Write a Comment

With your script window foremost, choose Show Comments from the Edit menu. This displays an area in which you can type information about your script--what it does, why you wrote it. This is a great place to put your name and e-mail address, too! When people use your script as a script tool, this comment will show up at the bottom of their screen, providing them useful information about what to do with the tool.

Label your Givens

Sketchpad assigns default labels to the given objects in your script. If these objects play specific roles in the script's construction, it's a good idea to give them more meaningful labels than the ones Sketchpad generates. For instance, "Point A" and "Point B" aren't very meaningful. But "Point Endpoint#1" and "Point Endpoint#2" are more so: they tell us that these objects represent the endpoints of a segment. You can change the label of any object in your script by double-clicking the line it appears on in the script window.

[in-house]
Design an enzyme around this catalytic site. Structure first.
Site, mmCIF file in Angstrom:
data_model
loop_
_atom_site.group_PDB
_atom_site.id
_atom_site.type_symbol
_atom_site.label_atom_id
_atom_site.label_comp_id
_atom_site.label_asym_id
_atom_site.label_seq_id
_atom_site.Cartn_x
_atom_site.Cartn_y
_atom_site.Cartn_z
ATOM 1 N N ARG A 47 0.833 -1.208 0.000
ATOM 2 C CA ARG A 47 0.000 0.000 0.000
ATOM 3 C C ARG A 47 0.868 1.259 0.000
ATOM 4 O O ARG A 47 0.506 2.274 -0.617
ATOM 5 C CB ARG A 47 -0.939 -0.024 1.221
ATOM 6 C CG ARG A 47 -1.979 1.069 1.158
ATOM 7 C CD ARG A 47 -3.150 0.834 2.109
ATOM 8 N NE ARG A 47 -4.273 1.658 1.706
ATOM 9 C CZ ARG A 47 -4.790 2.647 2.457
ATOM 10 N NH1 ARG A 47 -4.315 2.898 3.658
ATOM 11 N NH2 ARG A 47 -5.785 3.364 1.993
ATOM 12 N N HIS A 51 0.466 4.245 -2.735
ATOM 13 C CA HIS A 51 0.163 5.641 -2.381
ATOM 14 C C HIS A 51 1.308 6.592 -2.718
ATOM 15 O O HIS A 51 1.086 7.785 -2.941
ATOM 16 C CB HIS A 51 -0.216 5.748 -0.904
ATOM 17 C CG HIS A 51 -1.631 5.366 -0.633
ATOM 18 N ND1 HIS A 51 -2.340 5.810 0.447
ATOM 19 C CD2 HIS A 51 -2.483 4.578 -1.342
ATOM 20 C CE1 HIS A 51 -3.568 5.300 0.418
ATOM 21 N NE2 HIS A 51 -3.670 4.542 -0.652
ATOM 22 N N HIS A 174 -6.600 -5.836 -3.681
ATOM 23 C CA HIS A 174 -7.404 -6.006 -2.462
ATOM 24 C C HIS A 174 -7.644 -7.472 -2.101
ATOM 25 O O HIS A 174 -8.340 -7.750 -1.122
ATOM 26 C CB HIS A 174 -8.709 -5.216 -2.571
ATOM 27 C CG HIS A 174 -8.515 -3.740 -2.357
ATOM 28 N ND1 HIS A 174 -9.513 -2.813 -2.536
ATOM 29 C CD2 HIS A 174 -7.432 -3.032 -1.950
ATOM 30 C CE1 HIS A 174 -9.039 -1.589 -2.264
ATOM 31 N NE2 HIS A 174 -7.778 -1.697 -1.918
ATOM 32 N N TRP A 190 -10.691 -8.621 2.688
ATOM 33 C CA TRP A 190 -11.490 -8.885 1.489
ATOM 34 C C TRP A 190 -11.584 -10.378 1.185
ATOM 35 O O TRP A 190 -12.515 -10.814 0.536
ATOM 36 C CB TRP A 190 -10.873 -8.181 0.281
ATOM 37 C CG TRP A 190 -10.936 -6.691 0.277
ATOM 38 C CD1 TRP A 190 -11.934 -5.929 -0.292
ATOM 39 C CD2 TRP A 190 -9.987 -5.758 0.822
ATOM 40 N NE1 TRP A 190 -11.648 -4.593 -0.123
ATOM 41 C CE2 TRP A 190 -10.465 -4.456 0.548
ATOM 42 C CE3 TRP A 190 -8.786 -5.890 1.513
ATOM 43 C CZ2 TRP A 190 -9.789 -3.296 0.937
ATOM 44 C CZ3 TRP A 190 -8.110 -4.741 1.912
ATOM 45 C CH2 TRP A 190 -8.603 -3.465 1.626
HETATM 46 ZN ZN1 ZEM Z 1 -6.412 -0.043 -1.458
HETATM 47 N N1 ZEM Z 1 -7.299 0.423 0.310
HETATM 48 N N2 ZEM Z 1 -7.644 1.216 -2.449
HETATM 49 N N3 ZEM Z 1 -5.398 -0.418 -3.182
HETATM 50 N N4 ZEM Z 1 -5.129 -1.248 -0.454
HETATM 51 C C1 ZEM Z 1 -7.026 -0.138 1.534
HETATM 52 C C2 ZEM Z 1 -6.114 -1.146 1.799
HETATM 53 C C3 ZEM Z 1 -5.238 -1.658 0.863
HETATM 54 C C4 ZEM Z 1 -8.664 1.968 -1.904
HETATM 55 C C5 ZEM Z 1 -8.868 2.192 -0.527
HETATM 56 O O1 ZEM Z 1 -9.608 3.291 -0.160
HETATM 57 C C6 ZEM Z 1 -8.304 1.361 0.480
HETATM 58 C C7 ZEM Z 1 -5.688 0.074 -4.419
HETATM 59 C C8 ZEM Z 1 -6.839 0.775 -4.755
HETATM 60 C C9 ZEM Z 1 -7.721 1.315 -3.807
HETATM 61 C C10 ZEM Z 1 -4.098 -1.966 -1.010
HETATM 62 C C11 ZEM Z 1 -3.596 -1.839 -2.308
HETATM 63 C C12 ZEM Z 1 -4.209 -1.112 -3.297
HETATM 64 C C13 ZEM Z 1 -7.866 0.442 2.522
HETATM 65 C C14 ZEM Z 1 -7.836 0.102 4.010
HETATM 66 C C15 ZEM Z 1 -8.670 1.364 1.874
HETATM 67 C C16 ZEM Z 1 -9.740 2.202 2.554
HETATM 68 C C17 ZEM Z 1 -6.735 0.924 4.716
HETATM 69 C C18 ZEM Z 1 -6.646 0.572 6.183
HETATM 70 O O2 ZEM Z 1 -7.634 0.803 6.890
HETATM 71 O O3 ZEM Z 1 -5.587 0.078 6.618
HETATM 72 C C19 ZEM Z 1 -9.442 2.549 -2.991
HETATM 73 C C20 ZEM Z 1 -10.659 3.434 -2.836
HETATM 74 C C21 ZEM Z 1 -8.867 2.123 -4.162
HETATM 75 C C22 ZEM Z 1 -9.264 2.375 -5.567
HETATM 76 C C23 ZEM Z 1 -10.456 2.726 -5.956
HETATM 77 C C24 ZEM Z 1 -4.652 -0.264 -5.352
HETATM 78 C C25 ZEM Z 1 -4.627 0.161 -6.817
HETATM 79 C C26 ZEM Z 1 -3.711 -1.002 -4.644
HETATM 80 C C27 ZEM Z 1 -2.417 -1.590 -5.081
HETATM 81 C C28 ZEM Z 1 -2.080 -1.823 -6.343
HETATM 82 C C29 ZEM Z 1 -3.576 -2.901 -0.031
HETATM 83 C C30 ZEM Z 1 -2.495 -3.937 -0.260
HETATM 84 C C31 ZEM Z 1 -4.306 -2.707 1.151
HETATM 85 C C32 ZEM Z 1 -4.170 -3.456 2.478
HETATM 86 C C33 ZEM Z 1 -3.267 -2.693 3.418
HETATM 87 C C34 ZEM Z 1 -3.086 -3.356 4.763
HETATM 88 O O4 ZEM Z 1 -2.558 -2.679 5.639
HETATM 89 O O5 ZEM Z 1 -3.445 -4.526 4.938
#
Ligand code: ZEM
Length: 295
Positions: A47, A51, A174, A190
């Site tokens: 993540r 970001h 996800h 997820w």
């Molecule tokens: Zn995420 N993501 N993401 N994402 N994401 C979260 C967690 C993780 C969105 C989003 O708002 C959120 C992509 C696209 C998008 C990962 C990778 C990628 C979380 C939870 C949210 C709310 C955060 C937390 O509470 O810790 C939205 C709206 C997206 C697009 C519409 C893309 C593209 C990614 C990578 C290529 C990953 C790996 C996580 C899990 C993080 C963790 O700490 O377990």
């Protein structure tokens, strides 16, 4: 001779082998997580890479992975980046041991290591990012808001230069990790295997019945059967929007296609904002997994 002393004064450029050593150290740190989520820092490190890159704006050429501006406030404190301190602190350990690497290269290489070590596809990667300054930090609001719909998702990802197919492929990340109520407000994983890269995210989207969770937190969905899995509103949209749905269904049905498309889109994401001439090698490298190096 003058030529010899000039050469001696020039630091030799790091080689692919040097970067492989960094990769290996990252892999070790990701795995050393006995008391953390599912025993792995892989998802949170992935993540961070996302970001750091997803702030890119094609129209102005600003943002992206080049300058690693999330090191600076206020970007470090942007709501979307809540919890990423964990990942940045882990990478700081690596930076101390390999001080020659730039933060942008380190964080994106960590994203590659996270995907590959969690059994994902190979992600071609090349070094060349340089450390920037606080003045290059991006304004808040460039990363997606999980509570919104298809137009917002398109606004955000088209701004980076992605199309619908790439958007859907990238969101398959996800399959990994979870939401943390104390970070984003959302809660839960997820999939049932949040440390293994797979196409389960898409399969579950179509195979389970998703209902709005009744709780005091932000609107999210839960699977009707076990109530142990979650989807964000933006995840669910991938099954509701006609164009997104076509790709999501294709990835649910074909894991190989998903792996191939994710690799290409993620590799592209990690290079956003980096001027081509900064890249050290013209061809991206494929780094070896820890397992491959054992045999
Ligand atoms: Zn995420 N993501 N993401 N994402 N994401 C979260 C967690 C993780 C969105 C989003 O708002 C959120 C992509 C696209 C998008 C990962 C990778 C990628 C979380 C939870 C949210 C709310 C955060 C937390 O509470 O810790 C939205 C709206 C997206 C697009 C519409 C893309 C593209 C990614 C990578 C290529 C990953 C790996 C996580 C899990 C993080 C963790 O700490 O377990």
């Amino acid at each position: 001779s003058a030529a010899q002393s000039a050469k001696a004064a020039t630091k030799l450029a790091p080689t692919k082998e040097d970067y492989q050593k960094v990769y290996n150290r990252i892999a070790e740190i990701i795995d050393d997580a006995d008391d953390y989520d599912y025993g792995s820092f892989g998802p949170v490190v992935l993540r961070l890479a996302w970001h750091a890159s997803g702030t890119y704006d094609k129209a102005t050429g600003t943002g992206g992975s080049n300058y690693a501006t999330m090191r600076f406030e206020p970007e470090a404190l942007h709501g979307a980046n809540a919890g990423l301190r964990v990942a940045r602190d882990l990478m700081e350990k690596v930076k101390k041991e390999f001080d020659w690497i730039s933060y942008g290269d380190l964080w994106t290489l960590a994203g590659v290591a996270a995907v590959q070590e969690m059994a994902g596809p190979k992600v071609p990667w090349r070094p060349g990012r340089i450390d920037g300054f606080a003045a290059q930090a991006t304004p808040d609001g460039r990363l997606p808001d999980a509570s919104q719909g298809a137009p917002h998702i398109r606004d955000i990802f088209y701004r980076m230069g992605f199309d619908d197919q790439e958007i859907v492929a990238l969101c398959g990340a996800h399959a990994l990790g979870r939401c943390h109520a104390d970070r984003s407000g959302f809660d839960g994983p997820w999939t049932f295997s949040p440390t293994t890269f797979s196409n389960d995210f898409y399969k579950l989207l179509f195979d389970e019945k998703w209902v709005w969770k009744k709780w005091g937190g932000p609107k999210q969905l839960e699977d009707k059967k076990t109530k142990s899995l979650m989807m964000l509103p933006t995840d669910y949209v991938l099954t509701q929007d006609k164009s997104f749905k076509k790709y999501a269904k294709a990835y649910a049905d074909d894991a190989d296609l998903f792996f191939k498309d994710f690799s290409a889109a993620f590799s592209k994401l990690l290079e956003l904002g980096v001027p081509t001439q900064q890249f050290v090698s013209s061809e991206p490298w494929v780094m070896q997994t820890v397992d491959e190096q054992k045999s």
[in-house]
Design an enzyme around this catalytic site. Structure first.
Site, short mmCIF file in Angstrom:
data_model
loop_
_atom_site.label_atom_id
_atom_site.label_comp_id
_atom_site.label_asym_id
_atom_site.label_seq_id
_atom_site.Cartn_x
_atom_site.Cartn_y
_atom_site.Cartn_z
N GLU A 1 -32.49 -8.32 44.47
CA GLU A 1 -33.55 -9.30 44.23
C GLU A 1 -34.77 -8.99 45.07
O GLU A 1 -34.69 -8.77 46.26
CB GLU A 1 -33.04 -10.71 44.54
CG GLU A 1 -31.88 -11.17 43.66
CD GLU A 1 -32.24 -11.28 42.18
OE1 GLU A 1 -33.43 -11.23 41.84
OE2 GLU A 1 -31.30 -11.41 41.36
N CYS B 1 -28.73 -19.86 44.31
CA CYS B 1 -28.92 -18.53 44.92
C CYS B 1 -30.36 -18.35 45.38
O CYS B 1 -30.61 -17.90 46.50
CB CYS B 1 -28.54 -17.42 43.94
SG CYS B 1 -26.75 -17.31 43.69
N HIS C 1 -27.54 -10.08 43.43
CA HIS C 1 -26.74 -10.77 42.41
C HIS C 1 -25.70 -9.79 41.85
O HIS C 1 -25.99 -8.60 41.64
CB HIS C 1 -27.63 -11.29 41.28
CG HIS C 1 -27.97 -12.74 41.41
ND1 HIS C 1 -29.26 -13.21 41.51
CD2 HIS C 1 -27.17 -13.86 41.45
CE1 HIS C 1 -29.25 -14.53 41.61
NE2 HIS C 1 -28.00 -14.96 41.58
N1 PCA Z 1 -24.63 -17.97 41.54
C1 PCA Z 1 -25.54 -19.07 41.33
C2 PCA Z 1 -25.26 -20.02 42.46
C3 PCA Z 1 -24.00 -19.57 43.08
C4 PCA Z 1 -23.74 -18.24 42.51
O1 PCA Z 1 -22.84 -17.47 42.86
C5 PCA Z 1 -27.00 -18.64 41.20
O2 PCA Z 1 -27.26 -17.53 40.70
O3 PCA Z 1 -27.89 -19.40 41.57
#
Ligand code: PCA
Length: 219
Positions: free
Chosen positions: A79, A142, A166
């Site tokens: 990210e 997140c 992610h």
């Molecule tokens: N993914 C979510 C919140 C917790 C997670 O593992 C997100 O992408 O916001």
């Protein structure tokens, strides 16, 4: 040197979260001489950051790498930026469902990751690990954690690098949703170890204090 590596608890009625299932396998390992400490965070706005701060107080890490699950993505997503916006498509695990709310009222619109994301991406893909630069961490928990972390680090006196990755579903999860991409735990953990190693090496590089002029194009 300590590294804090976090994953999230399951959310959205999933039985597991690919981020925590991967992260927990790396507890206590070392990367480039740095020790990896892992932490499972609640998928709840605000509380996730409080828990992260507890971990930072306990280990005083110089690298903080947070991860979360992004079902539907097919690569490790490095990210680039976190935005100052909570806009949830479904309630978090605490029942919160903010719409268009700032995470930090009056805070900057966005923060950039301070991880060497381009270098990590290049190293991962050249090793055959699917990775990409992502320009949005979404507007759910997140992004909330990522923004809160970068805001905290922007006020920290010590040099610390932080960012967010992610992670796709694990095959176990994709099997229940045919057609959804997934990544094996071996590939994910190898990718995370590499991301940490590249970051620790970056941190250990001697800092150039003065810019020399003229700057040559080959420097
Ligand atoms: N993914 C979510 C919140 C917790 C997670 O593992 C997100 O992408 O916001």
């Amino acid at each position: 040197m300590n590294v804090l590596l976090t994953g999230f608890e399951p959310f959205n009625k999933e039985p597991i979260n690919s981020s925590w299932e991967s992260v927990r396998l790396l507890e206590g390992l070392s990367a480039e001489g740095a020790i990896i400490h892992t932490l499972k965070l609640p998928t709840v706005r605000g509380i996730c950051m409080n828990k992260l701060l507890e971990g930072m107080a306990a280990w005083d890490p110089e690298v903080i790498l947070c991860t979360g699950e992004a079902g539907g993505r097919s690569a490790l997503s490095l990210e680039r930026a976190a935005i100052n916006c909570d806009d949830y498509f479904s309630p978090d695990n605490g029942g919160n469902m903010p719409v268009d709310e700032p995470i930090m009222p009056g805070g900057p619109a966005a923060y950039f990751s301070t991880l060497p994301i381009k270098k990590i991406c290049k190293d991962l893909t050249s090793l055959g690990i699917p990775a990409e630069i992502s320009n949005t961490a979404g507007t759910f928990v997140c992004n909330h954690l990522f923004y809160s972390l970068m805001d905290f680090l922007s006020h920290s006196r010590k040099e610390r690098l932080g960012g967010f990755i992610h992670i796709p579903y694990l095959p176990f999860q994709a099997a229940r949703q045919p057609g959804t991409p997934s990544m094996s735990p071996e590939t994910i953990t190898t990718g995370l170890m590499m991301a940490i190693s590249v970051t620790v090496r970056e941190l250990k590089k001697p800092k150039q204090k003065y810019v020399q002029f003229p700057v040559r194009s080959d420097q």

Organize your Givens

If your script has lots of given objects, be sure they're ordered in a logical fashion. For instance, if your script takes six points as the vertices of two independent triangles that it's going to construct, it makes sense to have the first three givens be the vertices of one triangle; and the next three the vertices of the other. If you don't like the order that Sketchpad assigns to your givens, you can rearrange them. To do this, click on a given object in the list while holding down the Option key (Macintosh) or the Shift key (Windows). Then drag the given object up or down, to where you want it to appear in the list.

There's lots you can do with scripts and script tools. Be sure to check your User's Guide for more details.

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Sketches, scripts, and web pages by Bill Finzer and Nick Jackiw.